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Porsche Unveils First Hybrid Version of Iconic 911 Sports Car

Avatar of Arsi Mughal




(CTN News) – Porsche unveiled the first hybrid version of its iconic sports car, the 911, on Tuesday, signaling a significant step towards greater acceptance of electric motors in high-performance vehicles.

This move represents a major evolution for one of the world’s most recognizable cars.

Hybrids have become increasingly common in various vehicle types due to their improved fuel efficiency without compromising power. They have gained popularity in the United States, even as sales of purely electric models have begun to plateau.

Porsche Expansion into Hybrid Technology

Porsche, the German automaker and a division of Volkswagen AG, already offers plug-in hybrid models such as the Cayenne e-Hybrid SUV and Panamera e-Hybrid four-door car, but introducing a hybrid 911 is a distinct advancement.

Initially, hybrid power will be available in a single version of the car: the high-performance 911 Carrera GTS. The new 911 model integrates an electric motor into its eight-speed transmission, supporting the car’s six-cylinder gas engine.

This configuration enables the car to produce up to 532 horsepower, which is 59 more than the current Carrera GTS model.

Few cars are as synonymous with a gasoline engine as the Porsche 911, and few automakers are as closely identified with a single model as Porsche is with the 911. Despite Porsche’s current focus on selling more SUVs than sports cars, the 911 remains the cornerstone of the brand.

Even the rounded edges and sloped hoods of the Porsche Macan and Cayenne SUVs pay homage to the design of the 911.

In a significant departure for Porsche, the new 911 Carrera GTS hybrid will not be a plug-in hybrid like other Porsche hybrid models.

Hybrid and Electric Offerings

Models such as the Cayenne e-Hybrid and Panamera e-Hybrid feature plug-in capabilities, allowing them to be charged from an EV charger or their own engine, and can travel significant distances on electric power alone once fully charged.

In contrast, the 911 Carrera GTS hybrid will be a self-contained hybrid, powered only by the engine and regenerative braking. It will not be capable of driving long distances on electric power alone.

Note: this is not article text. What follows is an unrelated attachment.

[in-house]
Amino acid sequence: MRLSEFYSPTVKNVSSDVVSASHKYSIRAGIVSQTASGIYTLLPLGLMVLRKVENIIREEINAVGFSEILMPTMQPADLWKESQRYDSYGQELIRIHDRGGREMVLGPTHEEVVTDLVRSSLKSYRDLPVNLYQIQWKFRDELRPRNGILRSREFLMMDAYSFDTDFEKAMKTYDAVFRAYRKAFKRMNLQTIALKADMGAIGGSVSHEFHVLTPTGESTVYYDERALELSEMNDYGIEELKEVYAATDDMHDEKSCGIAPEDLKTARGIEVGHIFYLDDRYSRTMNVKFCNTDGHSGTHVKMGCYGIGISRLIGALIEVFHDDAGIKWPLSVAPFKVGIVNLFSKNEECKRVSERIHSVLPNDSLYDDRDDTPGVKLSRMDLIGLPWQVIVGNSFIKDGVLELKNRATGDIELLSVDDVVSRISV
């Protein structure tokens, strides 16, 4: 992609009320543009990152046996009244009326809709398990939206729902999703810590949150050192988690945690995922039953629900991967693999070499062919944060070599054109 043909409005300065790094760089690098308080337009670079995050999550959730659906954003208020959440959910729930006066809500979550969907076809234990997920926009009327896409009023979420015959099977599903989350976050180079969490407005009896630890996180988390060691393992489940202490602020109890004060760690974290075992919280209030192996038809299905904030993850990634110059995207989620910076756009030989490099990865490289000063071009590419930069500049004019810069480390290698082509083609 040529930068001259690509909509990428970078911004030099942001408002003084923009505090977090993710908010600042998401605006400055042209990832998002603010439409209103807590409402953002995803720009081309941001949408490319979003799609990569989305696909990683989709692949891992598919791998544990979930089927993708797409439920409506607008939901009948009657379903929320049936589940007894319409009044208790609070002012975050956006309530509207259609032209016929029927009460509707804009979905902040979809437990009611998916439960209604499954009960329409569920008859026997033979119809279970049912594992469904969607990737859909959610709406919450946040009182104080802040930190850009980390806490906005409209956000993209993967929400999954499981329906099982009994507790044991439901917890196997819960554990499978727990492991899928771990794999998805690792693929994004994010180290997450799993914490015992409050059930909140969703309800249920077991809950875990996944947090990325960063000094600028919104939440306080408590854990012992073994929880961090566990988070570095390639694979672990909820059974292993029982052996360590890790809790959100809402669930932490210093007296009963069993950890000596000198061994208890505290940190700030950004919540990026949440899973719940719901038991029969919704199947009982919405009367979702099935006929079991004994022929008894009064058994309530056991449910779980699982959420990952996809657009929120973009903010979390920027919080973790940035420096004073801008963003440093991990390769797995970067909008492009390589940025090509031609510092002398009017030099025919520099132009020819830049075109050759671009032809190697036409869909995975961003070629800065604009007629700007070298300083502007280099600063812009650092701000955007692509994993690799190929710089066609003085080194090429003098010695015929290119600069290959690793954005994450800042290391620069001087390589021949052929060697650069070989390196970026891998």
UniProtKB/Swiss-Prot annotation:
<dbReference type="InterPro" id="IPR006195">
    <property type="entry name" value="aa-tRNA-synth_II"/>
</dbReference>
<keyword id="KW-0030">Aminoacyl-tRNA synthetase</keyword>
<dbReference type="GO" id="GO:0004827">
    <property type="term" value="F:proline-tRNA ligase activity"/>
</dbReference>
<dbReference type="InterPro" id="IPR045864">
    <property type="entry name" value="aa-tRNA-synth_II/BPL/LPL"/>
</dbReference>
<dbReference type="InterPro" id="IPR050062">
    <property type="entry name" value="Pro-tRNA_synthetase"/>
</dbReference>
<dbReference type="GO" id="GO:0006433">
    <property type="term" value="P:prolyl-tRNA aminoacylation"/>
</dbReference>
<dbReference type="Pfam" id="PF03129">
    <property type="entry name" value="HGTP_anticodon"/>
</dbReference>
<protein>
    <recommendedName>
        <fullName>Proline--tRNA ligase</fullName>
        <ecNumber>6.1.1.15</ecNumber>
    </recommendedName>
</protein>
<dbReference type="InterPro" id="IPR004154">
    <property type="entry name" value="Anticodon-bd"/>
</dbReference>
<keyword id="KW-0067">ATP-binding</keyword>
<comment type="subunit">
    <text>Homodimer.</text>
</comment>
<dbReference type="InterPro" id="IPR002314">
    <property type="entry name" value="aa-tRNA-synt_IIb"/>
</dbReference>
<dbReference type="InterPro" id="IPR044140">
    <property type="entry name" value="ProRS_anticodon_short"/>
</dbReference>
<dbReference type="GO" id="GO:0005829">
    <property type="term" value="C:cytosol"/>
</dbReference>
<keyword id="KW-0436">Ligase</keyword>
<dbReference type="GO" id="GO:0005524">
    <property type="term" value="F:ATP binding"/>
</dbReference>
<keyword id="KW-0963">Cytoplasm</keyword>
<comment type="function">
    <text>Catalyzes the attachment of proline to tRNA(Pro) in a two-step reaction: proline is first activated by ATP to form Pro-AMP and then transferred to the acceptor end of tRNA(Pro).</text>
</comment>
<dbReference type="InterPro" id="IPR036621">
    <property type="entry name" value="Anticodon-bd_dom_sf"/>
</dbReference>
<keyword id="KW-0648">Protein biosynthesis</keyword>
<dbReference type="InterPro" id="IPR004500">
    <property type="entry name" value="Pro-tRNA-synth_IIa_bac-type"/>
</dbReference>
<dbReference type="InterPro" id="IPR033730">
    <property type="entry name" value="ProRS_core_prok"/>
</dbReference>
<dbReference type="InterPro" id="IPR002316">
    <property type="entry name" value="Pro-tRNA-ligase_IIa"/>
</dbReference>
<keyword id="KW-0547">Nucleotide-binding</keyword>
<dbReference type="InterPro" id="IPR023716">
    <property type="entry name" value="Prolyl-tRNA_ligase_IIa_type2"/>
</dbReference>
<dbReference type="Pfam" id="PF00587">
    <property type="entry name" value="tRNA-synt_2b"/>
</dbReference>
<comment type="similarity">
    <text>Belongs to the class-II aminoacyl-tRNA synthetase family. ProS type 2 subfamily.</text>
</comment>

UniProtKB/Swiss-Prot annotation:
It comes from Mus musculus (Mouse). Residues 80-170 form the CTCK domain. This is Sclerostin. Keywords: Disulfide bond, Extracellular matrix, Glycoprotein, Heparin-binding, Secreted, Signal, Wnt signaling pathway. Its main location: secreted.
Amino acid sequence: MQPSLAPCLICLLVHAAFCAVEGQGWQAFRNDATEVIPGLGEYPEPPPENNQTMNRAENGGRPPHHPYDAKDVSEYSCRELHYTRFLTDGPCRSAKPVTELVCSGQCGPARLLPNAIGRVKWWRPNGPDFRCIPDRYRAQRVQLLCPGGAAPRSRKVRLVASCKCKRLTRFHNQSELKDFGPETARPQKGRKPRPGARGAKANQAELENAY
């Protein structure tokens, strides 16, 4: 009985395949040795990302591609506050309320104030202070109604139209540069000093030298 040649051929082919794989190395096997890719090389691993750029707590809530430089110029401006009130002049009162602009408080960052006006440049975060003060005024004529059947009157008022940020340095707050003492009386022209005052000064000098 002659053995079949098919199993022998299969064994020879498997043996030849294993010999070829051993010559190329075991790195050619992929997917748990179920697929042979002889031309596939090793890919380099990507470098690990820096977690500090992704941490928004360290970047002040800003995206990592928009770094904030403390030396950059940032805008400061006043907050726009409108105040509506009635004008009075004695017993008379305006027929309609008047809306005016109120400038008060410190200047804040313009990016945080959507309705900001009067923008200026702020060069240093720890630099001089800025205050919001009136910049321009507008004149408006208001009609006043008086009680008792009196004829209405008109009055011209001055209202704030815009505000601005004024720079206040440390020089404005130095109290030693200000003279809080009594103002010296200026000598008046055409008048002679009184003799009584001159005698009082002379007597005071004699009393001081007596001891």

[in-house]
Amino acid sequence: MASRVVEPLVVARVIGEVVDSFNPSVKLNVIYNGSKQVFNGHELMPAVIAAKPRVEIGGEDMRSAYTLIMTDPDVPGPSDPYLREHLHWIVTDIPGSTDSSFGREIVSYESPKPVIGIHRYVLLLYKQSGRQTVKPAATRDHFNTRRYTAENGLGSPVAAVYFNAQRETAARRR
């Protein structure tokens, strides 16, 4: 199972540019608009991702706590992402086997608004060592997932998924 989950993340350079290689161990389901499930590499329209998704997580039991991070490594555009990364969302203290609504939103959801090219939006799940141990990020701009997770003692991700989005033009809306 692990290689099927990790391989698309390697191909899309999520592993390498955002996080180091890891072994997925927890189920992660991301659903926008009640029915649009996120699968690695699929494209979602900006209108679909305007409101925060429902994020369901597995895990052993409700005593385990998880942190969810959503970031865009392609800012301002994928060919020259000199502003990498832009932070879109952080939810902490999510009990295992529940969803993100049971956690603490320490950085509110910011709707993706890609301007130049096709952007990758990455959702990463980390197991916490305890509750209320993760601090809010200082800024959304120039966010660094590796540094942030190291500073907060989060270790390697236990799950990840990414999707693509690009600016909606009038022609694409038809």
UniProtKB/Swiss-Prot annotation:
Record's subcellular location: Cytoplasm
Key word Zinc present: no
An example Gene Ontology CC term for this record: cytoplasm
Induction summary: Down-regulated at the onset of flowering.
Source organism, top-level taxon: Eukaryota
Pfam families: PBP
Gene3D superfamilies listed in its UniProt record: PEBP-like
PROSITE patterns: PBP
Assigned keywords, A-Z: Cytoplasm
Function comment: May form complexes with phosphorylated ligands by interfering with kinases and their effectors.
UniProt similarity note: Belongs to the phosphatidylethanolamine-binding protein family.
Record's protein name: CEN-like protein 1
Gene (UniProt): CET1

In addition to hybrids, it also sells fully electric cars like the Taycan and the new Macan Electric SUV.

However, it executives have emphasized that the 911 will be the last model to go fully electric due to its unique engineering and its fundamental importance to the brand.

The engine’s placement at the rear gives the 911 its distinctive shape and rear-weighted driving feel, which are integral to its identity.

The new hybrid model, with its rear-mounted gas engine, represents Porsche’s closest approach to an electric 911 without compromising these essential characteristics.

While electric vehicle sales in the US continue to rise, their growth has recently slowed, attributed to high prices and a lack of reliable public EV chargers. In contrast, hybrid sales are increasing more rapidly, as they are generally less expensive and do not require external chargers.

Despite its advantages, the 2025 Porsche 911 Carrera GTS hybrid will come with a hefty price tag, starting at around $165,000.

Performance at the Nürburgring Nordschleife

Porsche test drivers have already demonstrated the hybrid’s capabilities on Germany’s challenging Nürburgring Nordschleife racetrack, completing a lap in 7 minutes and 17 seconds — 8.7 seconds faster than the current-generation 911 Carrera GTS.

This performance underscores that the hybrid’s handling is not compromised by the additional weight of batteries and electric motors.

The introduction of the new hybrid version coincides with the 60th anniversary of the Porsche 911, which was first unveiled in 1963 and went into production in 1964. The 911 was originally an enlarged and more powerful successor to it’s first model, the 356.

Both models featured small rear seats and rear-mounted engines, a layout reminiscent of the Volkswagen Beetle, designed by Ferdinand Porsche Sr., the father of Ferdinand “Ferry” Porsche, who created the 356.

The design of the 911, by Ferry’s son, Ferdinand “Butzi” Porsche, was inspired by the teardrop shape of the 356 and has retained its distinctive form, including its increasingly cramped back seats, since its inception.

Arsi Mughal is a staff writer at CTN News, delivering insightful and engaging content on a wide range of topics. With a knack for clear and concise writing, he crafts articles that resonate with readers. Arsi's pieces are well-researched, informative, and presented in a straightforward manner, making complex subjects accessible to a broad audience. His writing style strikes the perfect balance between professionalism and casual approachability, ensuring an enjoyable reading experience.

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